Vince looks forward to further exploring the causal origins of this phenomenon as he returns to work with Kerry Emanuel as a graduate student this fall.


Changes in Atmospheric Eddy Length with the Seasonal Cycle and Global Warming

Todd A. Mooring (advisor Prof. Paul A. O'Gorman)

Originally from Lincoln, Nebraska, Todd is a double major in EAPS and Physics. He begins graduate studies at Princeton this fall. His advisor was Prof. Paul O'Gorman. Asked about his experience, Todd relates, "Prof. O'Gorman has been great to work with.  He is nearly always available to answer questions, explain things, or discuss where to take the project next.  I look forward to working with him to get the thesis rewritten for submission to a journal." Todd's project expanded on recent work by Kidston et al. (2010) demonstrating that the length of atmospheric eddies increases in simulations of future global warming. Studying eddy length in the NCEP2 reanalysis (a model-data synthesis that reconstructs past atmospheric circulation) and general circulation models (GCMs) from the Coupled Model Intercomparison Project phase 3 (part of the IPCC process) Mooring compared eddy lengths to hypothesized controlling scales such as the Rossby and Rhines scales and found that the GCMs did indeed reproduce the seasonal variation in the eddy lengths seen in the reanalysis.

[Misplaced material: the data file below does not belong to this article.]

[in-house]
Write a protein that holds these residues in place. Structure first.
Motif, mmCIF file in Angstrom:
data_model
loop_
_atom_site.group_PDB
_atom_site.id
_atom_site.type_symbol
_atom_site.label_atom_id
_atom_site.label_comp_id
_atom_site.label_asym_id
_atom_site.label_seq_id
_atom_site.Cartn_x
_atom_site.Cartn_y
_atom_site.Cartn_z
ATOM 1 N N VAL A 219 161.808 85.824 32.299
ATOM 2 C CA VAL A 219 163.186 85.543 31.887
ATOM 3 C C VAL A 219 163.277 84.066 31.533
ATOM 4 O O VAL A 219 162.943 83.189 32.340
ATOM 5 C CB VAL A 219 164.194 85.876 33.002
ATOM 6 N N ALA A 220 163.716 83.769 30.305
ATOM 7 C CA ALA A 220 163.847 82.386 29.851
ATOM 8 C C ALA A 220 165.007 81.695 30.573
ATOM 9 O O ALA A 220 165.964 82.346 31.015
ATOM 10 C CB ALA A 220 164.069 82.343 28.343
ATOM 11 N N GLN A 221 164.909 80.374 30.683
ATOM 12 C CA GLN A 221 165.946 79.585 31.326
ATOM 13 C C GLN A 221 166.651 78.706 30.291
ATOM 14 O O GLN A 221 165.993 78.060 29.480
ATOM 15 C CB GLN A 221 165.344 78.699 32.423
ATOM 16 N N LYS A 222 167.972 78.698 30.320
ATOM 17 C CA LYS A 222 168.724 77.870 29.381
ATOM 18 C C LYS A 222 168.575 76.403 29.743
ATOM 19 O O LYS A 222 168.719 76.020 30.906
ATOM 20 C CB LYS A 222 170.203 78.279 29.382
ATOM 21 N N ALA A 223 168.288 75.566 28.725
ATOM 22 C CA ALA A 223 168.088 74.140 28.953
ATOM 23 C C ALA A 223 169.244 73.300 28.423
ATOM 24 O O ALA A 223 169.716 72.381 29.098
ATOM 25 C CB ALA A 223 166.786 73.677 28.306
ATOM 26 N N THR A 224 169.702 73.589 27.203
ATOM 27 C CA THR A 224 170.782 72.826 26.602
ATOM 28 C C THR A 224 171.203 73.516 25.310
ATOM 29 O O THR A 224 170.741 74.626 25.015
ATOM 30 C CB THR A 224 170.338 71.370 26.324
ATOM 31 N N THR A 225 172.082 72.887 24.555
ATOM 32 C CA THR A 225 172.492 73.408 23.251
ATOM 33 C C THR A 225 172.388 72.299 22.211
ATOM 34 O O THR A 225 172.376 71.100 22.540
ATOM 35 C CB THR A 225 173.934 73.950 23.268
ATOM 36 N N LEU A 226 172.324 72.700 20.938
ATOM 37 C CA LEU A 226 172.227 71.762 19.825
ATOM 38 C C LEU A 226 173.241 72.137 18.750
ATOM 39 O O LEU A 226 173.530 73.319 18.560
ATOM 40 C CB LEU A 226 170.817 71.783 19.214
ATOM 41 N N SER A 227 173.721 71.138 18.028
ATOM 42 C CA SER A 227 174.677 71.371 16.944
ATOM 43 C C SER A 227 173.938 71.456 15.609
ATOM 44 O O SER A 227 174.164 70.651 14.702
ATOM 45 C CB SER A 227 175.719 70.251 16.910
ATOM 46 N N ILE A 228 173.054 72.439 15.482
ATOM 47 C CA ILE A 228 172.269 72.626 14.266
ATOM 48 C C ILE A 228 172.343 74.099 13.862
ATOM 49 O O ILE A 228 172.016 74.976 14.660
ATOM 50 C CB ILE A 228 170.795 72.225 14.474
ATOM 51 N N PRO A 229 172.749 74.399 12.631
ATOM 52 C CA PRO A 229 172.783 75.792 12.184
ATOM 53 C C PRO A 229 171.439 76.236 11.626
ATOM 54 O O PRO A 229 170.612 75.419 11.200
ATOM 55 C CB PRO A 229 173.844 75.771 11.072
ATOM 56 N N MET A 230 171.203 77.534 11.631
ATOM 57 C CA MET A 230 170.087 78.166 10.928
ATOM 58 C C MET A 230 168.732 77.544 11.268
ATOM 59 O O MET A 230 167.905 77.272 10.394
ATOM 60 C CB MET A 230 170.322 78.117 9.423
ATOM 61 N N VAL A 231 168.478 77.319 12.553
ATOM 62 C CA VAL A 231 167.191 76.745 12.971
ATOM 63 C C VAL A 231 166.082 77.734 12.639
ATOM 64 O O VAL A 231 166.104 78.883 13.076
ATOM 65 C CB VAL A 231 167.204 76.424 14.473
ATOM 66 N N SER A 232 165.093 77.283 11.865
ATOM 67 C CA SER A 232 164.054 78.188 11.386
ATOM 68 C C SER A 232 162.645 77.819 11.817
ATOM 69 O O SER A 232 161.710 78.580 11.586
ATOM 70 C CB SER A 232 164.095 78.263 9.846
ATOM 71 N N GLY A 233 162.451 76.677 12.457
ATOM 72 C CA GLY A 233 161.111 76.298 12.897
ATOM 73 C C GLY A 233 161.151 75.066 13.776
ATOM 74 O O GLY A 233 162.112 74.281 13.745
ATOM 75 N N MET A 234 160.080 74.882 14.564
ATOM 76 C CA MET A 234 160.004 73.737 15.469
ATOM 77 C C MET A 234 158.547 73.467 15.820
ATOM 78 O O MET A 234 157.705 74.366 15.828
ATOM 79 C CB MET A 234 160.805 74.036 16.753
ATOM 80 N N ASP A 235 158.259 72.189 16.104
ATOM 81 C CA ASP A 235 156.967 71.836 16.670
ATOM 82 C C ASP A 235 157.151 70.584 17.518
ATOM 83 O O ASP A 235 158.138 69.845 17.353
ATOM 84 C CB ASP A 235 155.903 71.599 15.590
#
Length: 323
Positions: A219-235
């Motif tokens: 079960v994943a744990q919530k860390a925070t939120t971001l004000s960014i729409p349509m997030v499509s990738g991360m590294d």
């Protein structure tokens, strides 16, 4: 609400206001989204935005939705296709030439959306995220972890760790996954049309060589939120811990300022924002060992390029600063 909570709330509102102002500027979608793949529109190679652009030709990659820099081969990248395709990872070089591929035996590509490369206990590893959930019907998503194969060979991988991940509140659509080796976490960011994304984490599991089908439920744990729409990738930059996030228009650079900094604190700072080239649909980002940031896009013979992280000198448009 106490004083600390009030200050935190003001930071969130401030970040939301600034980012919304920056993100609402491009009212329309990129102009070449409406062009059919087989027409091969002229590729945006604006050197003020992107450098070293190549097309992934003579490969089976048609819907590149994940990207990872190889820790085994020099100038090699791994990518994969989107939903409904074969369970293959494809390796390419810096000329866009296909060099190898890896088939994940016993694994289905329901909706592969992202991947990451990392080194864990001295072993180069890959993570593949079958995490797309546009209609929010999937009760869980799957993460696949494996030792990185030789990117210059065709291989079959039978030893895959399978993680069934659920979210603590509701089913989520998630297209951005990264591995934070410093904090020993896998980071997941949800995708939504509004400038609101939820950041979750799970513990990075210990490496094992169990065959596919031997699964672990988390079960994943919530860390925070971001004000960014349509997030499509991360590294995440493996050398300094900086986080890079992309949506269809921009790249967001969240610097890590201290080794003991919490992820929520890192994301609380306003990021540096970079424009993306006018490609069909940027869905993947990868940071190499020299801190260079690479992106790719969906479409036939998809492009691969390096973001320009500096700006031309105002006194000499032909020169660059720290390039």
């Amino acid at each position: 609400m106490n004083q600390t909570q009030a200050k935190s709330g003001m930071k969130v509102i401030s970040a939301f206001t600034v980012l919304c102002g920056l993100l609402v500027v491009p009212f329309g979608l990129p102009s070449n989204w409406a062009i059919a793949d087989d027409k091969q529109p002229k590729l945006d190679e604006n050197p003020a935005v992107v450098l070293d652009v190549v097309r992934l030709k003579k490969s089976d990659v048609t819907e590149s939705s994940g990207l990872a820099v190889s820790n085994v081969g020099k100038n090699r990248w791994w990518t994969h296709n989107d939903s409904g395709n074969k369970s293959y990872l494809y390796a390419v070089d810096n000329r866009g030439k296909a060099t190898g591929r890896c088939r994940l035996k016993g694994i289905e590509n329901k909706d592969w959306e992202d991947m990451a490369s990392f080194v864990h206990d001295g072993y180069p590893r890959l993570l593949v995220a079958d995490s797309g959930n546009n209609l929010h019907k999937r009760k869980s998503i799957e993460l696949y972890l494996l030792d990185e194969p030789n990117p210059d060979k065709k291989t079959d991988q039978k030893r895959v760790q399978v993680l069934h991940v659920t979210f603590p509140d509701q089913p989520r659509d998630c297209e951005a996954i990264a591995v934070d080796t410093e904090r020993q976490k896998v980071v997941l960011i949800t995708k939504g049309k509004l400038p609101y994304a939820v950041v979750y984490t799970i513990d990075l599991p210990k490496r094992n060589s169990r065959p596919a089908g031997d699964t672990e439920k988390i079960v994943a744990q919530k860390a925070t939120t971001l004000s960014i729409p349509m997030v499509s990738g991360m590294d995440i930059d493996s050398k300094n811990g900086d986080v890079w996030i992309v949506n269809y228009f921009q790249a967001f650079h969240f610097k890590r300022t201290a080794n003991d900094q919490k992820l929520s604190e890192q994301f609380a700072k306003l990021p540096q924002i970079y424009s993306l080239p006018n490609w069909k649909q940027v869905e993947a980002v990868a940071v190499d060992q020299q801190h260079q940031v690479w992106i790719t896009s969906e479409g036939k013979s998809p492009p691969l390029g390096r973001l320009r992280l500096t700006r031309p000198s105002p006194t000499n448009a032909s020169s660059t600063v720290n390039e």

Todd demonstrated that an effective Rossby radius that takes into account the effects of water vapor on the dynamics of the atmosphere was better than the traditional dry Rossby radius in explaining the seasonal cycle of eddy length in the northern hemisphere.  This improvement was found to be contingent upon the choice of the free troposphere depth as the height scale in the Rossby radius calculation (no improvement was seen if the scale height was chosen instead).

Prof. O'Gorman summed up Todd's project: "Todd has been working to understand how water vapor affects the size of atmospheric eddies - the familiar low and high pressure systems in the midlatitudes - in different seasons and in a warmer atmosphere. His results help us to understand and evaluate the projected increase in the size of the eddies found in simulations of 21st-century climate change".









PAOC congratulates all three seniors for their hard work and looks forward to following their graduate careers with interest.